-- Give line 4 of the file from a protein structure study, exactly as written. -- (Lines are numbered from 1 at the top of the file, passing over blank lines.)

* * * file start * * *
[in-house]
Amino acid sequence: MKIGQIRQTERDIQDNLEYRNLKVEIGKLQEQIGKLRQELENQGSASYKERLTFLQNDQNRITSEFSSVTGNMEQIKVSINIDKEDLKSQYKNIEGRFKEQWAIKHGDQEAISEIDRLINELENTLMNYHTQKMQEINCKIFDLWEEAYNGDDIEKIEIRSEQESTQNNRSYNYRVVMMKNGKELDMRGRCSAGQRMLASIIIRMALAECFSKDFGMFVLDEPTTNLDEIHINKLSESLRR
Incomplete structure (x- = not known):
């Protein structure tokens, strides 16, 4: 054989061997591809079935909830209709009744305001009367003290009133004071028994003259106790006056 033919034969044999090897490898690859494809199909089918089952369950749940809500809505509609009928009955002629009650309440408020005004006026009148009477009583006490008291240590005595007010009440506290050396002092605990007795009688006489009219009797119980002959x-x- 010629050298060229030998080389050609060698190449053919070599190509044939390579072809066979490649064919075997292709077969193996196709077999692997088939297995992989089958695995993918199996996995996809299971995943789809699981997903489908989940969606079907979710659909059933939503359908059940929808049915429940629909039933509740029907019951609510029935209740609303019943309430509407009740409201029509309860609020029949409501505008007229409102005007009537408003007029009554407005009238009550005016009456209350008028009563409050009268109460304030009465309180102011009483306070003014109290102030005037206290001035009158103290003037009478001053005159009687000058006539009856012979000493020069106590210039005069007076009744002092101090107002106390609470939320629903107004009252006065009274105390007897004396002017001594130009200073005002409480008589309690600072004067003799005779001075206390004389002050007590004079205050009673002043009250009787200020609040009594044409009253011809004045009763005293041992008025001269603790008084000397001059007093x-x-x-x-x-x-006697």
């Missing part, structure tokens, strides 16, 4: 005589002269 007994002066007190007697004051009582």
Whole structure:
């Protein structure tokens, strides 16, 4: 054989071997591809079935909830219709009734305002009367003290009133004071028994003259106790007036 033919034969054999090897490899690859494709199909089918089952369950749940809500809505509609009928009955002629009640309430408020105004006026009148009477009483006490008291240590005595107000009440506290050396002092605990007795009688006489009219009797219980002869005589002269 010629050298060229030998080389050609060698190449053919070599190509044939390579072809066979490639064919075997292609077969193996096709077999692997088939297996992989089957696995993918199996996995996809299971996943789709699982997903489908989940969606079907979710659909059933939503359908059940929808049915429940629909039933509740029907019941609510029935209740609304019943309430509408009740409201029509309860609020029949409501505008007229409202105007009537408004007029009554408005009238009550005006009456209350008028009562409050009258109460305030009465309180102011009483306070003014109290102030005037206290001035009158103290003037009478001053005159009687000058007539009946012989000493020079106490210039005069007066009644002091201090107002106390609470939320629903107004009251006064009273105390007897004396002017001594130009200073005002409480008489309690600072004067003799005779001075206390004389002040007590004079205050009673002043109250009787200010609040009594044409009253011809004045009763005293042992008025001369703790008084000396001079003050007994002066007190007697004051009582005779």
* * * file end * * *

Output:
């Protein structure tokens, strides 16, 4: 054989061997591809079935909830209709009744305001009367003290009133004071028994003259106790006056 033919034969044999090897490898690859494809199909089918089952369950749940809500809505509609009928009955002629009650309440408020005004006026009148009477009583006490008291240590005595007010009440506290050396002092605990007795009688006489009219009797119980002959x-x- 010629050298060229030998080389050609060698190449053919070599190509044939390579072809066979490649064919075997292709077969193996196709077999692997088939297995992989089958695995993918199996996995996809299971995943789809699981997903489908989940969606079907979710659909059933939503359908059940929808049915429940629909039933509740029907019951609510029935209740609303019943309430509407009740409201029509309860609020029949409501505008007229409102005007009537408003007029009554407005009238009550005016009456209350008028009563409050009268109460304030009465309180102011009483306070003014109290102030005037206290001035009158103290003037009478001053005159009687000058006539009856012979000493020069106590210039005069007076009744002092101090107002106390609470939320629903107004009252006065009274105390007897004396002017001594130009200073005002409480008589309690600072004067003799005779001075206390004389002050007590004079205050009673002043009250009787200020609040009594044409009253011809004045009763005293041992008025001269603790008084000397001059007093x-x-x-x-x-x-006697």